Shortest day but have no fear... the lights will be on

Shortest day but have no fear... the lights will be on

Shortest day but have no fear... the lights will be on

First published in News by

STREET lights in Worcestershire will remain on during the long winter nights – as a safety group warns of the dangers of possible blackouts in a bid to save money.

In October, Worcestershire County Council revealed plans to cut street lighting in some side streets between midnight and 6am, with the cabinet set to consider the proposal in February.

The move, mirrored in counties across the country, has been slammed by the Royal Society for the Prevention of Accidents (RoSPA), which says it will put people at risk.

However, Worcestershire County Council has reassured anyone out walking today – the shortest day of the year – that street lighting will be on to help them find their way.

The sun is expected to be up for only seven hours and 48 minutes, from 8.16am until 3.58pm.

Highways contract and programme manager at the county council, Nick Yarwood, said the proposal to switch off lights would affect one in three lights in side streets. “Main traffic routes would not be affected,” he said. “The county council aims to save half a million pounds in street lighting energy costs annually and this proposal is one of a number of actions that will be needed to achieve that saving.”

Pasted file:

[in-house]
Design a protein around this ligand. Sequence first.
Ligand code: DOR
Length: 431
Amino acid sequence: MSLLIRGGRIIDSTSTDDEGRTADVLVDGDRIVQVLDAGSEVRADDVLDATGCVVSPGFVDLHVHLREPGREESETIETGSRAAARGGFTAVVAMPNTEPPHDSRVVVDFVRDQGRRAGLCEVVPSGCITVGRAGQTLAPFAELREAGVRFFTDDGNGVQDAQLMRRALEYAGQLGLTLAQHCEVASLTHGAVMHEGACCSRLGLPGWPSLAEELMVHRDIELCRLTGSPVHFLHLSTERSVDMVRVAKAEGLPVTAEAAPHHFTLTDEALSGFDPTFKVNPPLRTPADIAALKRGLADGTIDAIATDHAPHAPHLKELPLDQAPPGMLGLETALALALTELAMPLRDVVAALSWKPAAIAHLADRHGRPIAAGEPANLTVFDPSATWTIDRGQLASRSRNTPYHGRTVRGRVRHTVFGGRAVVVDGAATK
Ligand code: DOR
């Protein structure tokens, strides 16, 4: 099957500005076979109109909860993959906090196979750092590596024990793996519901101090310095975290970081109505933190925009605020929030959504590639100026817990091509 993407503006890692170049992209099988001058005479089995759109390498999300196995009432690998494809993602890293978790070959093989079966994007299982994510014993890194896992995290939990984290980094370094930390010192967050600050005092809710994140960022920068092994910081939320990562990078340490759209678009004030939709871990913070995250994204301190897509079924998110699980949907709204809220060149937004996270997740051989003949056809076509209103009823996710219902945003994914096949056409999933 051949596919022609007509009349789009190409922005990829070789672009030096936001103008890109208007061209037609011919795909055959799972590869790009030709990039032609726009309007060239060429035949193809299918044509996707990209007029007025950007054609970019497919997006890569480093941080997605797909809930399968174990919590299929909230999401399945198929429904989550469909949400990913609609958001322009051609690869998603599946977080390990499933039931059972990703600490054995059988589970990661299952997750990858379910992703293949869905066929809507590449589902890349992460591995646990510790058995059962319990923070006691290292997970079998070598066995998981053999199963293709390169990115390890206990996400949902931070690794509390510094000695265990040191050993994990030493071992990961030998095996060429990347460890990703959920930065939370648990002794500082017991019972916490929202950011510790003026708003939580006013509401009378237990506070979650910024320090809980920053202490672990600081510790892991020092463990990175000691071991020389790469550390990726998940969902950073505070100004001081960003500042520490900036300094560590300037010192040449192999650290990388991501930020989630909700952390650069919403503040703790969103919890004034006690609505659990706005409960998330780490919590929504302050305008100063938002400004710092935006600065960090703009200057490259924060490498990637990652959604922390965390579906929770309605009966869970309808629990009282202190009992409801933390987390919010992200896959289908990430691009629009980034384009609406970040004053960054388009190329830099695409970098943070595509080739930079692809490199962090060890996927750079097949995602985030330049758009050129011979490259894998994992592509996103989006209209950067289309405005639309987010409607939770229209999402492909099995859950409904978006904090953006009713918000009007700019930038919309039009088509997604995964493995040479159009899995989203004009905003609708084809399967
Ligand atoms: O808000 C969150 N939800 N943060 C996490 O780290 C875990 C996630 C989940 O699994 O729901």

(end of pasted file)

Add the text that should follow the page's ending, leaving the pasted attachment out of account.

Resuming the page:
He said other plans also include converting many street lights to more cost-efficient white light and LED lanterns as well as dimming some on main routes after midnight.

"The volume of traffic and pedestrian travel on side streets after midnight is extremely low and streets would not be completely dark because the one third of lights that would remain on all night would be at key locations such as junctions on side streets,” he said.

The council carried out a trial in Droitwich earlier this year, in which it was found turning off some street lights had no impact on crime and residents were largely supportive of the plans.

RoSPA’s head of road safety Kevin Clinton said those out walking after dark should be careful to look where they are going, avoid poorly-lit areas, carry a mobile phone in case of emergency and wear high visibility clothing.


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